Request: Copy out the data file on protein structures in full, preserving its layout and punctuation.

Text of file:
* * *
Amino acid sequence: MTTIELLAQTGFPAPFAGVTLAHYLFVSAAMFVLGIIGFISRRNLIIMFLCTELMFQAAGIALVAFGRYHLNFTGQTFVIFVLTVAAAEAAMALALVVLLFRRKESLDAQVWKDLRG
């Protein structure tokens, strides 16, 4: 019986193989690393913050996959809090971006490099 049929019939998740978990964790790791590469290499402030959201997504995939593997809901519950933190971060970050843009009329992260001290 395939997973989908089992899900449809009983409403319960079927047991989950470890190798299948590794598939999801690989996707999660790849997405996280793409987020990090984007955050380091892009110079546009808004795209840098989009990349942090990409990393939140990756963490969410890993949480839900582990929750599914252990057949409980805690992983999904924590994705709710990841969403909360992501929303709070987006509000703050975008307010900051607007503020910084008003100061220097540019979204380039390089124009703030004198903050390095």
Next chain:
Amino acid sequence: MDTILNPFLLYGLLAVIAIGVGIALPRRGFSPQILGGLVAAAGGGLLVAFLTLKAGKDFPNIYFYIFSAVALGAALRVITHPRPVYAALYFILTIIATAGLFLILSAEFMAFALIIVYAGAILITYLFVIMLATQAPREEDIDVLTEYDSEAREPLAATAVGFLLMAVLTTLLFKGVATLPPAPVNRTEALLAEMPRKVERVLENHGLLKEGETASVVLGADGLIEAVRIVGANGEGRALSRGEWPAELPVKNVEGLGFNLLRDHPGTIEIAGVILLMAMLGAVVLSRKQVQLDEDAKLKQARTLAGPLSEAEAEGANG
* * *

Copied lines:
Amino acid sequence: MTTIELLAQTGFPAPFAGVTLAHYLFVSAAMFVLGIIGFISRRNLIIMFLCTELMFQAAGIALVAFGRYHLNFTGQTFVIFVLTVAAAEAAMALALVVLLFRRKESLDAQVWKDLRG
């Protein structure tokens, strides 16, 4: 019986193989690393913050996959809090971006490099 049929019939998740978990964790790791590469290499402030959201997504995939593997809901519950933190971060970050843009009329992260001290 395939997973989908089992899900449809009983409403319960079927047991989950470890190798299948590794598939999801690989996707999660790849997405996280793409987020990090984007955050380091892009110079546009808004795209840098989009990349942090990409990393939140990756963490969410890993949480839900582990929750599914252990057949409980805690992983999904924590994705709710990841969403909360992501929303709070987006509000703050975008307010900051607007503020910084008003100061220097540019979204380039390089124009703030004198903050390095």
Next chain:
Amino acid sequence: MDTILNPFLLYGLLAVIAIGVGIALPRRGFSPQILGGLVAAAGGGLLVAFLTLKAGKDFPNIYFYIFSAVALGAALRVITHPRPVYAALYFILTIIATAGLFLILSAEFMAFALIIVYAGAILITYLFVIMLATQAPREEDIDVLTEYDSEAREPLAATAVGFLLMAVLTTLLFKGVATLPPAPVNRTEALLAEMPRKVERVLENHGLLKEGETASVVLGADGLIEAVRIVGANGEGRALSRGEWPAELPVKNVEGLGFNLLRDHPGTIEIAGVILLMAMLGAVVLSRKQVQLDEDAKLKQARTLAGPLSEAEAEGANG